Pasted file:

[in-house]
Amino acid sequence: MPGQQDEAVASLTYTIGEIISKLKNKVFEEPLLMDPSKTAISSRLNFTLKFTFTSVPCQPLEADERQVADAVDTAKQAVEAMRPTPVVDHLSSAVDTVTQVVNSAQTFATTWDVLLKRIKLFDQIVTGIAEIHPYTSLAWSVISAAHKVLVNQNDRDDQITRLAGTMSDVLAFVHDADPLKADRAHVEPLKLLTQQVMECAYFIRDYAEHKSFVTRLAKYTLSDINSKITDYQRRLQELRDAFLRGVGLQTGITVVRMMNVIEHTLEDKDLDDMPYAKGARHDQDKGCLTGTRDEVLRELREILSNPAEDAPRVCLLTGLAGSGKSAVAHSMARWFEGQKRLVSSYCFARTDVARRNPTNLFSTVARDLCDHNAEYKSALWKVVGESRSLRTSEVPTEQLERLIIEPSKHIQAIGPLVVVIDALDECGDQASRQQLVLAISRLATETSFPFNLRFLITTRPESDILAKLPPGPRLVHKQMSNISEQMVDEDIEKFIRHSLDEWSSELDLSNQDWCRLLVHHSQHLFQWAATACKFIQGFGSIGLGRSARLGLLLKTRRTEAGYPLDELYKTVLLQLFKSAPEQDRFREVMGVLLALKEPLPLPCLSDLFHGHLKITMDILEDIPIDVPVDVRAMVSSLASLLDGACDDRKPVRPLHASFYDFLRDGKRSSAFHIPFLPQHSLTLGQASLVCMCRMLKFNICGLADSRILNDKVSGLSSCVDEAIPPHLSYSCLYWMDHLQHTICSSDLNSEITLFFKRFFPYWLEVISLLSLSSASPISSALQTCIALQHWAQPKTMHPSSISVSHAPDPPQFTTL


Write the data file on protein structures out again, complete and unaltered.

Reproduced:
[in-house]
Amino acid sequence: MPGQQDEAVASLTYTIGEIISKLKNKVFEEPLLMDPSKTAISSRLNFTLKFTFTSVPCQPLEADERQVADAVDTAKQAVEAMRPTPVVDHLSSAVDTVTQVVNSAQTFATTWDVLLKRIKLFDQIVTGIAEIHPYTSLAWSVISAAHKVLVNQNDRDDQITRLAGTMSDVLAFVHDADPLKADRAHVEPLKLLTQQVMECAYFIRDYAEHKSFVTRLAKYTLSDINSKITDYQRRLQELRDAFLRGVGLQTGITVVRMMNVIEHTLEDKDLDDMPYAKGARHDQDKGCLTGTRDEVLRELREILSNPAEDAPRVCLLTGLAGSGKSAVAHSMARWFEGQKRLVSSYCFARTDVARRNPTNLFSTVARDLCDHNAEYKSALWKVVGESRSLRTSEVPTEQLERLIIEPSKHIQAIGPLVVVIDALDECGDQASRQQLVLAISRLATETSFPFNLRFLITTRPESDILAKLPPGPRLVHKQMSNISEQMVDEDIEKFIRHSLDEWSSELDLSNQDWCRLLVHHSQHLFQWAATACKFIQGFGSIGLGRSARLGLLLKTRRTEAGYPLDELYKTVLLQLFKSAPEQDRFREVMGVLLALKEPLPLPCLSDLFHGHLKITMDILEDIPIDVPVDVRAMVSSLASLLDGACDDRKPVRPLHASFYDFLRDGKRSSAFHIPFLPQHSLTLGQASLVCMCRMLKFNICGLADSRILNDKVSGLSSCVDEAIPPHLSYSCLYWMDHLQHTICSSDLNSEITLFFKRFFPYWLEVISLLSLSSASPISSALQTCIALQHWAQPKTMHPSSISVSHAPDPPQFTTL